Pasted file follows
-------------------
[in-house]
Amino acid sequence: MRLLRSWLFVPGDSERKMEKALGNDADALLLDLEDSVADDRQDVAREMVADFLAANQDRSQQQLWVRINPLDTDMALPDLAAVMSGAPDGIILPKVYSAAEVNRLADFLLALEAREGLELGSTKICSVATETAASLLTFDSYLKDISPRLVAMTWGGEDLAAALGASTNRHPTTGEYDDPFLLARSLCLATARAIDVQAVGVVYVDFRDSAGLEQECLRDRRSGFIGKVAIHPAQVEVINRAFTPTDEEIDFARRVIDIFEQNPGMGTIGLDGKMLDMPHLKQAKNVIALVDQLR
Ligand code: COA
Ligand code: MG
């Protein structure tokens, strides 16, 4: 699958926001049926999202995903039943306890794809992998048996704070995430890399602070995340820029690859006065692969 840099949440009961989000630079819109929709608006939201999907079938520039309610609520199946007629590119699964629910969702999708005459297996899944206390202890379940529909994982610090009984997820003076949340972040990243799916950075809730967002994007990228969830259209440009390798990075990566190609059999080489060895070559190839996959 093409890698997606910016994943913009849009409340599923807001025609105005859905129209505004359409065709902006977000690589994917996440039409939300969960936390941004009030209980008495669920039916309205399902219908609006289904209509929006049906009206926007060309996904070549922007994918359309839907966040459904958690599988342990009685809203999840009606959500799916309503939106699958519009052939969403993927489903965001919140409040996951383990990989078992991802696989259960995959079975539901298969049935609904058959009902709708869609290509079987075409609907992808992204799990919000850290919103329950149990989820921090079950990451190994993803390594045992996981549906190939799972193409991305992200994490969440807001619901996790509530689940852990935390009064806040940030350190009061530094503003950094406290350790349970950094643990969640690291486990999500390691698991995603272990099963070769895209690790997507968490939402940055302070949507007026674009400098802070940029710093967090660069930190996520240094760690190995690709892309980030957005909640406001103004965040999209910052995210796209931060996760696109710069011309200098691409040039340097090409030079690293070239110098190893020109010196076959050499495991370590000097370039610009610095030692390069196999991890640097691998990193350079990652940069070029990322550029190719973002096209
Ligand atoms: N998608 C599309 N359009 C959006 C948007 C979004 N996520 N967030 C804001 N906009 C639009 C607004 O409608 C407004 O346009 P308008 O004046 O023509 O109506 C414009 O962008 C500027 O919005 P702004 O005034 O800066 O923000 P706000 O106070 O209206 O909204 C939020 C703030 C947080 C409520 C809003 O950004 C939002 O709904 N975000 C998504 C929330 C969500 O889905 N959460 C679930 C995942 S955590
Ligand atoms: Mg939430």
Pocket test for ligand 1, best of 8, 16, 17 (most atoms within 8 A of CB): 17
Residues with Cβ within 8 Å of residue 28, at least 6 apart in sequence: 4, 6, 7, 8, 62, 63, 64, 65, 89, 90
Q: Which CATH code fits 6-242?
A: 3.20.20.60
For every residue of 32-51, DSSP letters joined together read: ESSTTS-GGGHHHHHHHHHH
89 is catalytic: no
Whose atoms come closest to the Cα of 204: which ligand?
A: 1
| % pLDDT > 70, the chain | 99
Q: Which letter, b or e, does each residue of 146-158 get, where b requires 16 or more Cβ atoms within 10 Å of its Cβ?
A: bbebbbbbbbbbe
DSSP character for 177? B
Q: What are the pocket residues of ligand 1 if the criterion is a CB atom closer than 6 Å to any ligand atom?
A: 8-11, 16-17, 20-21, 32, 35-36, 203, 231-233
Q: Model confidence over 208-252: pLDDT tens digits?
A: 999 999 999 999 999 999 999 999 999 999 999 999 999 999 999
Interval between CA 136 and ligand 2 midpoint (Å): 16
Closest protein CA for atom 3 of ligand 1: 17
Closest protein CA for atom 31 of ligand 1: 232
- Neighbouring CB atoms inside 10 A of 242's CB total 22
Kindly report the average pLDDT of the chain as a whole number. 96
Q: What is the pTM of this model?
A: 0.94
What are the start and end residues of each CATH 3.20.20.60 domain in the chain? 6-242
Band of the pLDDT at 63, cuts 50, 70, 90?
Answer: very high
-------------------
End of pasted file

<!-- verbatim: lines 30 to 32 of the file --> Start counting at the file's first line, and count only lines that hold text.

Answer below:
A: 0.94
What are the start and end residues of each CATH 3.20.20.60 domain in the chain? 6-242
Band of the pLDDT at 63, cuts 50, 70, 90?